Islandia is an unincorporated community and former city in Miami-Dade County, Florida, United States, located on Elliott Key and nearby Totten Key. The population was 18 at the 2010 Census.

Islandia (Pronounced eye-LAND-eeyah) was only a city for 50 years. The Primary Election (2010), the Miami-Dade County Commission was empowered via a charter amendment to abolish Islandia. Following a public hearing, the ordinance eliminating Islandia received final approval on March 6, 2012, and took effect on March 16, 2012.

Islandia and Elliott Key was fished by the Native American Tequesta people. Estimates of the number of Tequesta at the time of initial European contact range from 800 to 10,000.

The Tequesta people fished, hunted, and gathered fruit and roots of local plants. They did not, however, practice any form of agriculture. Not much is recorded about their culture, and perhaps a total of 9 words of their language has been registered, but of these known facts was the one in which the Tequesta believed that humans have three souls, one in the eyes, one in the shadow, and one in the reflection.

Starting in 1704, it was the policy of the Spanish government to resettle all of Florida’s Indians to Cuba so that they could be indoctrinated into the Catholic religion. When Spain surrendered Florida to Britain in 1763, the remaining Tequesta, along with other Indians that had taken refuge in the Florida Keys, were evacuated to Cuba. In the 1770s, Bernard Romans reported seeing abandoned villages in the area, but no inhabitants.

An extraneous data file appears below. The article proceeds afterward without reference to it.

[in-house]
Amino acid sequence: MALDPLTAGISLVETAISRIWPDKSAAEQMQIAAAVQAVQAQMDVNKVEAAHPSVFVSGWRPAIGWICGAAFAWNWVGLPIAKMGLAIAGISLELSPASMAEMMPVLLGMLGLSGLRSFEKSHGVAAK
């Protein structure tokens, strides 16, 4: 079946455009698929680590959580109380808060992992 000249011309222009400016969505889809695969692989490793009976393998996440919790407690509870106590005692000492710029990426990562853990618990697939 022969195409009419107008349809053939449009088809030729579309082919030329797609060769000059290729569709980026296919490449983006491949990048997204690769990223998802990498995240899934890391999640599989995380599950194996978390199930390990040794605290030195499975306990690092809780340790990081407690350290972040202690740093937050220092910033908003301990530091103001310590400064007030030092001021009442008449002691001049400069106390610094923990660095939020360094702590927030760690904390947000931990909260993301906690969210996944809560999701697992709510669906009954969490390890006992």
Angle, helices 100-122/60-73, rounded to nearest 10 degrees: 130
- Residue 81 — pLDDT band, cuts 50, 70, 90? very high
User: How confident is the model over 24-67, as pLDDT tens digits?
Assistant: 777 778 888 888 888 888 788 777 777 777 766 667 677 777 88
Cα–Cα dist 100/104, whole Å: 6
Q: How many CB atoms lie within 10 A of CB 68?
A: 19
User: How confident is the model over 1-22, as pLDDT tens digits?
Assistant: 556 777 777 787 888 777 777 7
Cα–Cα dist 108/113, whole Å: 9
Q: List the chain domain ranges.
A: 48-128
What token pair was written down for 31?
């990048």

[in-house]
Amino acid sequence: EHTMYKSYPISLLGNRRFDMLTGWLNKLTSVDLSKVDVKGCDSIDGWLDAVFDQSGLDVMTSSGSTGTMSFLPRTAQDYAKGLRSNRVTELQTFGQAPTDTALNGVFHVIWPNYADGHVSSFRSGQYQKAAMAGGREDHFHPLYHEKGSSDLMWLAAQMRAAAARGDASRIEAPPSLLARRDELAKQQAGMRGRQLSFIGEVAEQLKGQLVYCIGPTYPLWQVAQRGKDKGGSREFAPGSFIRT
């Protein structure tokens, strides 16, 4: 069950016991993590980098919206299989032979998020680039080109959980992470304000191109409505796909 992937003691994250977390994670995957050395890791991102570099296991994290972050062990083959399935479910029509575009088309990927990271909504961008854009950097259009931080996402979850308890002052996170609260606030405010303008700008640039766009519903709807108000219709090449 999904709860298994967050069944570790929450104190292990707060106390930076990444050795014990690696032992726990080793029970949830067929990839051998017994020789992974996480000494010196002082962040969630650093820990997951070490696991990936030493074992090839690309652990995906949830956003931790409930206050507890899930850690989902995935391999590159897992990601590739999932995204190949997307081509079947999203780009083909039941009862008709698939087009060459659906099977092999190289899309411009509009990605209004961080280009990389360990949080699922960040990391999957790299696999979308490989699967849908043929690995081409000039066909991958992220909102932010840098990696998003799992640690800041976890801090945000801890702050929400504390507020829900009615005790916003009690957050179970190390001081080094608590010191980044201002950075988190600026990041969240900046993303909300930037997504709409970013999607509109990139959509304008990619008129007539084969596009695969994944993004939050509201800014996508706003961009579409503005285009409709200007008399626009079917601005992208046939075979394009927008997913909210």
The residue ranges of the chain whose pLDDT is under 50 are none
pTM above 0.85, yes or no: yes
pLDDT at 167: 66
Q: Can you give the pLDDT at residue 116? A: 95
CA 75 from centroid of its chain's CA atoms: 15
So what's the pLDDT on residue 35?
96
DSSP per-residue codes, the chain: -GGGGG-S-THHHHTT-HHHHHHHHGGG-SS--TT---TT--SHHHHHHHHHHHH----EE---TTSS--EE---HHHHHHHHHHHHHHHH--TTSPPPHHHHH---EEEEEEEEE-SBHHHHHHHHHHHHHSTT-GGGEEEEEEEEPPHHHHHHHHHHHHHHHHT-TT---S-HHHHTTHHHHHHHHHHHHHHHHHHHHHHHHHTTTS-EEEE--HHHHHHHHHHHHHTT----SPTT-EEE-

It subsequently became a haven for shipwreck survivors. By the mid-1800s, a group of Bahamians had made their way to the key, where they unsuccessfully tried farming on an island with a base of coral rock.

By the early 1900s, Islandia had its school district and more than 100 residents. However, the number of residents dwindled over time due to the lack of electricity, poor farming, and the relatively long distance from the mainland.

In 1968, Islandia was made a part of Biscayne National Monument (later renamed Biscayne National Park). What remains today of the failed Elliott Key Boulevard is an eight-foot wide nature trail covered by a tree canopy that is mockingly referred to as “Spite Highway.”

Developers dreamed of turning a collection of isolated islands in the middle of Biscayne Bay into a resort destination. The city of Islandia was never populated by more than a hundred people. Now populated only by park rangers.

Below is a history of Islandia, click on it to listen.